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Volume 16, Issue 42 - October 16 - October 22, 2008
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Voyages of Discovery by Lynn Teo Simarskiand Guy G. Guthridge

Crisfield up for Grabs

A condo-building boomlet in the crab capital holds wider lessons for Bay dwellers

As we steered our trawler Bright Pleiades down Tangier Sound not long ago, haze cloaked the Eastern Shore from view. When the veil lifted, white monolithic towers stood where we expected Crisfield’s low-slung seafood plants. We double-checked our chart to verify that this condo-mirage was indeed Crisfield.

We entered the harbor through symbolic city gates that captured Crisfield’s split identity: to the right, old packing plants featured Available signs; on the left, a looming condominium. Working waterfront is giving way to come-here condos whose parking lots have a water view.

How much, we wondered, does this mini-vision we saw from the water point to the wider future of the Bay.

“Crisfield has never chosen to go this way. All of this happened by default,” said Tim Howard, a native son from a waterman’s family who guides Elderhostel groups and other tourists through Crisfield’s historic area.

The building boom changed the city’s skyline and economy almost overnight. Crisfield has approved 450 condominium units in five locations. About half are now built, over the last few years. Two-thirds of some buildings are vacant.

Even the keys to the city — a crab knife crisscrossing an oyster knife — send a nostalgic message. They open doors to the city’s past rather than its future.

“I’d say the decline in watermen here is greater than the decline in crabs,” said Howard, whose waterman father Charles Howard was featured in William Warner’s classic book Beautiful Swimmers. Before Tim Howard studied history, he ran a crab-packing business here. His plant — marked by one of the Available signs we saw coming in — hasn’t received an offer in two years.

As workboats arrived in the harbor, Howard identified them at a glance. Here’s a gleaming white Tangier craft, 42 feet long and featuring a handsome box stern, with a captain and one crewmember. There’s a Smith Island boat, a few feet shorter, fiberglass, lacking crew. A Crisfield boat is just a small outboard.

Howard leads a gritty walking tour that is all reality show and no glitz across what once was marshland, filled in with eight to 10 feet of oyster shells. John Crisfield brought the railroad to town in 1877 to haul oysters out by the trainload.

“It was a Wild West town, but instead of gold it was oysters,” Howard explains. Down Goodsell Alley, buildings with white wavy blocks betray their origin as oyster houses. The alley was notorious in its time for “anything a sailor needed,” Howard says. Now ice cream and souvenirs are sold.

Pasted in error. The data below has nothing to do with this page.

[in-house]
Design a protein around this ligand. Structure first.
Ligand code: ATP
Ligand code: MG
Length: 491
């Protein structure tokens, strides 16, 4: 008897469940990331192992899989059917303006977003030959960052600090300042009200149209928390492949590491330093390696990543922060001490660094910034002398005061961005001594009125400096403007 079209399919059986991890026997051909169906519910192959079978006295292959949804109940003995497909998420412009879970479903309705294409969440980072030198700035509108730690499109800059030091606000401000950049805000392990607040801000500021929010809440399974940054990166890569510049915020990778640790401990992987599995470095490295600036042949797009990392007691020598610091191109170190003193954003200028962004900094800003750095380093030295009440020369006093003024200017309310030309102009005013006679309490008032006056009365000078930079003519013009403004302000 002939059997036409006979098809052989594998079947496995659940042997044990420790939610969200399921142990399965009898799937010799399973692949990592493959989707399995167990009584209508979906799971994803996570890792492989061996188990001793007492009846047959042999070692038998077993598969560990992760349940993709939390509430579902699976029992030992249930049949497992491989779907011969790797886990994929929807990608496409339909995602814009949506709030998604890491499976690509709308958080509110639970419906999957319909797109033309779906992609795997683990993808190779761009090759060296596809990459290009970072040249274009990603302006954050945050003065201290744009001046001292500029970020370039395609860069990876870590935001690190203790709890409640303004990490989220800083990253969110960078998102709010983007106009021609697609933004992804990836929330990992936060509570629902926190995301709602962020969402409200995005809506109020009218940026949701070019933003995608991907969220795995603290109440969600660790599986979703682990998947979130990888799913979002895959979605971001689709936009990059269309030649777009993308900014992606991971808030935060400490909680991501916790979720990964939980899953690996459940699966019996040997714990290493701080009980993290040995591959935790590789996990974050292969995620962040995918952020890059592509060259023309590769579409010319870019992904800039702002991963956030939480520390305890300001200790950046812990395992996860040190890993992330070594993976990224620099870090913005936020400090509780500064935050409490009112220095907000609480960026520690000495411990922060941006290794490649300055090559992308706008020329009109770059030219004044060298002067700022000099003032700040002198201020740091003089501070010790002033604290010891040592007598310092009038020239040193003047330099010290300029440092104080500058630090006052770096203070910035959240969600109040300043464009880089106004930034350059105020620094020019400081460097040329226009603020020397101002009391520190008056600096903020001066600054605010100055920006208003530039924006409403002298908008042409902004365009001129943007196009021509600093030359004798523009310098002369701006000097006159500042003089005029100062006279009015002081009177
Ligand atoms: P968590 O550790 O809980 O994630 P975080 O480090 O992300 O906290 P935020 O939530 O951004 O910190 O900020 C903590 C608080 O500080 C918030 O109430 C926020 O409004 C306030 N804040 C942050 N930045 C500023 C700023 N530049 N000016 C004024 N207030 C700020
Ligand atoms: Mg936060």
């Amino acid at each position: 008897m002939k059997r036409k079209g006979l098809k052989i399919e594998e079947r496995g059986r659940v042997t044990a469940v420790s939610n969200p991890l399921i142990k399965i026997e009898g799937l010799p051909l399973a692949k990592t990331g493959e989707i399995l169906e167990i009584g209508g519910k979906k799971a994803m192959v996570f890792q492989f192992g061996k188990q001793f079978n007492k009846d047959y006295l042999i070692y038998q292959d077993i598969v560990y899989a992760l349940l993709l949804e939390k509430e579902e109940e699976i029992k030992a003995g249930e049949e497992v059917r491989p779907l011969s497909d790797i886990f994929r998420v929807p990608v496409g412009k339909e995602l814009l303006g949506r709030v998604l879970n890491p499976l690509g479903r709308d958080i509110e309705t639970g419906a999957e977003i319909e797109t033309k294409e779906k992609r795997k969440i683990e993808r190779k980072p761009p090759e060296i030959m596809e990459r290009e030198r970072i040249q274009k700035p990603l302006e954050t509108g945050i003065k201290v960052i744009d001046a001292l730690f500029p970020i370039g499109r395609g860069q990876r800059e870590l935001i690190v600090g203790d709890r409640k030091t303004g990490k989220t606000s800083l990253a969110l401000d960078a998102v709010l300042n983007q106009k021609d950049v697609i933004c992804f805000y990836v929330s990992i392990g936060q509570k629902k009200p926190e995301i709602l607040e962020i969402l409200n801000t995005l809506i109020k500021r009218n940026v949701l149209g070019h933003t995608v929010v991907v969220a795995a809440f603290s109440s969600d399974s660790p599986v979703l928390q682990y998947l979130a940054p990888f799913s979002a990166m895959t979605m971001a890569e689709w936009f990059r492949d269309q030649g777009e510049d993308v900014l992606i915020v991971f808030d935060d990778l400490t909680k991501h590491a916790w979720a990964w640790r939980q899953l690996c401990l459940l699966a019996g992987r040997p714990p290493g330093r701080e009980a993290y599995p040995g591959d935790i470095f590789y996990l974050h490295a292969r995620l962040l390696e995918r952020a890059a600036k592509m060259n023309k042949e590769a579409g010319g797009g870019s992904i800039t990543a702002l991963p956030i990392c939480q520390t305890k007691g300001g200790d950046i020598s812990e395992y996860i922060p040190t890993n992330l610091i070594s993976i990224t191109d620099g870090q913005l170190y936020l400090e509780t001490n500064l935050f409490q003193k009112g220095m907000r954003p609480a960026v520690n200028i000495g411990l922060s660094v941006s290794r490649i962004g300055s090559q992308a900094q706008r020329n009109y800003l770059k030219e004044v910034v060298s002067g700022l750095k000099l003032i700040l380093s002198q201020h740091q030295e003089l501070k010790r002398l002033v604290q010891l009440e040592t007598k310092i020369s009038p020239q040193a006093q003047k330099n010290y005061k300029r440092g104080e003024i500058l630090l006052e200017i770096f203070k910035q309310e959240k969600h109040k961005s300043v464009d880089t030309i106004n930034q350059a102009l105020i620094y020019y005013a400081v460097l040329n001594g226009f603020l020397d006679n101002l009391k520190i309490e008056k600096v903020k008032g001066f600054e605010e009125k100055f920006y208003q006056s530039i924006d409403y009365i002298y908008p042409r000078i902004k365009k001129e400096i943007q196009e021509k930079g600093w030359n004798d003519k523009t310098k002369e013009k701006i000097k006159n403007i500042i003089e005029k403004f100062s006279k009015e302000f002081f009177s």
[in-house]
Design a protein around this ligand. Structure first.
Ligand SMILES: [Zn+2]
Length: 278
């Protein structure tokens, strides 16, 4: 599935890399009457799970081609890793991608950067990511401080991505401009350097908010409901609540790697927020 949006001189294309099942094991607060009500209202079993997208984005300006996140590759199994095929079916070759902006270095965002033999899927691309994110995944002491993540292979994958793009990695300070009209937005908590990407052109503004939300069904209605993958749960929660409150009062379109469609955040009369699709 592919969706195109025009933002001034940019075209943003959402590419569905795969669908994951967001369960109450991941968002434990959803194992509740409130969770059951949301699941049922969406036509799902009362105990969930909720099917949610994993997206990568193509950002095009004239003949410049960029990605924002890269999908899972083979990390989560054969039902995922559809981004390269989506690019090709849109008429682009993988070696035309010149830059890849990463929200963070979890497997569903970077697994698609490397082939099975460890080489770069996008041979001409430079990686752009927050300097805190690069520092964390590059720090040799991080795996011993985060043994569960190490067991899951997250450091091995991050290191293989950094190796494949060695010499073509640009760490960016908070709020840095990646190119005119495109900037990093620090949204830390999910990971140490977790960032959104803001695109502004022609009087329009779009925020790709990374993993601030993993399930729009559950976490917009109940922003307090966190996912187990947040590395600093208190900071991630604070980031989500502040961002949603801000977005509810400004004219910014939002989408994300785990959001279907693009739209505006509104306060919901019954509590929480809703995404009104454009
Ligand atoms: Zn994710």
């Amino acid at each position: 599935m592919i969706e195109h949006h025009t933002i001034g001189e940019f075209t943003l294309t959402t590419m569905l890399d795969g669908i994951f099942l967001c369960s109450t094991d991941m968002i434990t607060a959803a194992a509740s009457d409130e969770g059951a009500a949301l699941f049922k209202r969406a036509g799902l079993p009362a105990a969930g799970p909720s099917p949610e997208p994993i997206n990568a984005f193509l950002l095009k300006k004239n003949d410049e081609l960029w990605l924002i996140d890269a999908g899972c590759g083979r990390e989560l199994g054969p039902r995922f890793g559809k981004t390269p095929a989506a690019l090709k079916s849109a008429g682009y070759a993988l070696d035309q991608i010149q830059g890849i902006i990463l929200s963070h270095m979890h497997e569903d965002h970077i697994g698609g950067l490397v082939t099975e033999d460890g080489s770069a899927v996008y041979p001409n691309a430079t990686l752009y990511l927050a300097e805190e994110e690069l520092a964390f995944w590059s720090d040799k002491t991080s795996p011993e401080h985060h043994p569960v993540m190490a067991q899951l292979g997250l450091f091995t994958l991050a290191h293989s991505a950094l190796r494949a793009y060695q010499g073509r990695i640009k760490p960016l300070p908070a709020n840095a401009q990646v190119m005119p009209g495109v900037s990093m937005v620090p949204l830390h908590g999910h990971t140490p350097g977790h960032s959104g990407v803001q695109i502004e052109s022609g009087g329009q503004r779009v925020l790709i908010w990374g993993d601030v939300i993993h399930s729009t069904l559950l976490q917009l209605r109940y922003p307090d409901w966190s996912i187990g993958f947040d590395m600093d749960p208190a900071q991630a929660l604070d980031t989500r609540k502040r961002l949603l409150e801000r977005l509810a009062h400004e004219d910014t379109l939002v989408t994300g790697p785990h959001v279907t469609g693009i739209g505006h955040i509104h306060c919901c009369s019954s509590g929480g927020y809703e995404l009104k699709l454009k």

Records from the old Customs House on Main Street — a building recently bought by a developer — show that in 1910 more boats were registered in Crisfield than anywhere else in the country. No laws protect local historic architecture, according to Howard.

Underwater lots off the waterfront were bought and sold many times, with the intent of creating new real estate. They’re still an issue. Just a few months ago, Maryland’s Court of Appeals ruled that owners of such lots lack the legal right to cross other property to reach the plots.

The city once had more than 150 seafood processing houses. The oyster boom gave way to crab picking. Now both are gone. A few women pick local crabs for about a month for Christmas money. Today soft-shell crabs rule, an industry itself in transition.

“For 100 years we weren’t part of the national economy, but now we are,” Howard said. “Crisfield is hanging its hat on imported softshell crabs, which all of a sudden are available from Asia.”

We watched as a forklift loaded a semi-trailer with boxes of Asian golden crabs, brought to be packed at MeTompkin, a Crisfield company. Outside town, another company, Handy, runs the oldest and largest softshell operation in the nation.

The next day, we attended a meeting seeking public ideas on the city’s strategic revitalization plan. The plan notes that population is decreasing, poverty and unemployment are high and new development is “walling off” the waterfront. “Important urban design considerations, such as the best locations for tall buildings, have been largely ignored along the waterfront,” the plan notes. Locals worry that the essential character of Crisfield — what’s left of it — could be lost altogether.

“We’re all hoping it won’t be another of those long-range planning documents that winds up on a shelf gathering dust,” said Crisfield Times editor Richard Crumbacker.

We left Crisfield on a clear morning but in a mental haze of our own. The staggering change in the city’s atmosphere left us with a huge sense of loss — and we didn’t live there. The deconstruction of the seafood industry and the arrival of condos leave dazed residents and developers a labyrinth of new economic and social challenges to navigate.

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